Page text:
Feature

Issue of the week: Should we fear inflation or deflation?

A growing chorus of doubters both in the U.S. and Europe believes that deflation presents a more immediate danger than inflation.

Like a shark lurking just below the water’s surface, inflation is waiting to bite us—hard, said Irwin Kellner in Marketwatch.com. “This may come as a shock,” since the most recent monthly readings of both consumer and producer price inflation show declines from the previous month. But other indicators, including the price of gold and the interest rate on inflation-protected Treasury bonds, show that many investors think “there is more inflation out there than meets the eye.” It’s already apparent in the rising prices of such common items as food, telephone and cable service, and even haircuts. Their upward spiral has been masked by declining prices for big-ticket items such as houses, cars, and computers. One spark is all that’s needed to set off an inflationary firestorm, and the banks will provide it when they stop sitting on their cash and start to lend it out again. When that happens, “inflation will be off to the races.”

That’s certainly the European Central Bank’s biggest worry, said Jack Ewing in The New York Times. As Europe struggles to overcome its debt crisis, the ECB—Europe’s counterpart to the Federal Reserve—has focused on inflation as the “one monetary dragon it considers essential to slay.” That means a policy of raising interest rates. But a growing chorus of doubters believes that deflation presents a more immediate danger. And one that’s even scarier than inflation, said Christopher Swann in Reuters.com. Although prices can sometimes fall for benevolent reasons, such as improved manufacturing efficiency, that’s not what’s happening now. Prices are dropping because of weak demand by consumers, whose debts have grown while their wages have stagnated. Unwilling to buy something today that might cost less tomorrow, they’re keeping their wallets closed. With demand down, production shrinks, and businesses lay off workers. Japan was trapped in this vicious cycle during its “lost decade” of the 1990s. Will the U.S. be next?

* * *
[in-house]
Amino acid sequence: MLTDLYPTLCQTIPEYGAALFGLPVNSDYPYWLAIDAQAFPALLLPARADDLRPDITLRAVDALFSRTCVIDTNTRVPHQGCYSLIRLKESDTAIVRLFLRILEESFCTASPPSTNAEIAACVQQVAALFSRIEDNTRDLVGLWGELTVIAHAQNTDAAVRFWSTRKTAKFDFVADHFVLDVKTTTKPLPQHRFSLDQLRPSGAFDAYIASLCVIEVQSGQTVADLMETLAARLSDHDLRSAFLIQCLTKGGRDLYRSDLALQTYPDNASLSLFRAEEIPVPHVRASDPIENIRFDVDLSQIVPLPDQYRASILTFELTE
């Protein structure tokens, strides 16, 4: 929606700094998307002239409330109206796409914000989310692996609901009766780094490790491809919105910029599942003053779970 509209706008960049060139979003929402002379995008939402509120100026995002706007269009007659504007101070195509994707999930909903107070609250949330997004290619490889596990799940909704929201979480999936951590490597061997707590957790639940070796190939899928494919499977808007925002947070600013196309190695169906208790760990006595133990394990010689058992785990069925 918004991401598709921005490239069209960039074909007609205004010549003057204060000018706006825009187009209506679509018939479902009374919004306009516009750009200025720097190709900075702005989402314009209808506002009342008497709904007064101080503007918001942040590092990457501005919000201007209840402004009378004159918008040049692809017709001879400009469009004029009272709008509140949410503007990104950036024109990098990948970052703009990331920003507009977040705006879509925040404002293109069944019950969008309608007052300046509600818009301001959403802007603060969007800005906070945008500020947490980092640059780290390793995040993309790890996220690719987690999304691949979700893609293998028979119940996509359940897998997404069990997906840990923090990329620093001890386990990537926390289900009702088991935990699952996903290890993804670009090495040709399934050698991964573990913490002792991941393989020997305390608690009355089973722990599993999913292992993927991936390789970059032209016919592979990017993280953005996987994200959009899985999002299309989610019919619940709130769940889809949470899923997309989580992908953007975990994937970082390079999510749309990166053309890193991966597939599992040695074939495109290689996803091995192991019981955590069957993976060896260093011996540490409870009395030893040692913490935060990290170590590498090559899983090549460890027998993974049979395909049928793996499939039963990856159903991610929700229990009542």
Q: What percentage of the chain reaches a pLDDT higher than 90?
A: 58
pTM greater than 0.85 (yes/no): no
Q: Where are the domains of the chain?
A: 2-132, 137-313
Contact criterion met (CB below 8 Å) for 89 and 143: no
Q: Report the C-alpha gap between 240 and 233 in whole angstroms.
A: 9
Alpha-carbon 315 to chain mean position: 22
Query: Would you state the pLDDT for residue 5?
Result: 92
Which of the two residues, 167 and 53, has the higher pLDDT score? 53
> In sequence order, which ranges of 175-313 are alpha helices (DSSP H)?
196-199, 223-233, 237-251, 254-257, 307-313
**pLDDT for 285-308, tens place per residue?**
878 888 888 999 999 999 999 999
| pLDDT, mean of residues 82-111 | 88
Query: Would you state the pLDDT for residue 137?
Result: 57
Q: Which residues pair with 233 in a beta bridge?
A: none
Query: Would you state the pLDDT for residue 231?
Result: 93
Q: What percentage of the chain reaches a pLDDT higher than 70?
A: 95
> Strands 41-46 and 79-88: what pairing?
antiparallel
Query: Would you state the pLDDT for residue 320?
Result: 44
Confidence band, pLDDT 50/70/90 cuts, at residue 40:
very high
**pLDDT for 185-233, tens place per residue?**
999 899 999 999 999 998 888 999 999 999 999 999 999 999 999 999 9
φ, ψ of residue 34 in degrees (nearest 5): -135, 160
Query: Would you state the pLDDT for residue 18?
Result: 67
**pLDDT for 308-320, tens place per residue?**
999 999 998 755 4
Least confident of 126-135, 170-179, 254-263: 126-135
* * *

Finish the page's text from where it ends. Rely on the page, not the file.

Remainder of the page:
Sadly, yes, if the “pain caucus” in Congress and at the Federal Reserve has its way, said Paul Krugman in The New York Times. Policymakers in the U.S. and Europe, fixated on the overrated threat of inflation, have concluded that they “should stop promoting economic recovery and instead begin raising interest rates and slashing spending.” Congress has heeded these false alarms, even deciding recently to scale back aid for the long-term unemployed. But this approach runs directly counter to “the real needs of the world economy”—namely, jobs and higher incomes. Congress, it seems, would rather prove its anti-inflation bona fides than do what’s necessary to fuel a real recovery.

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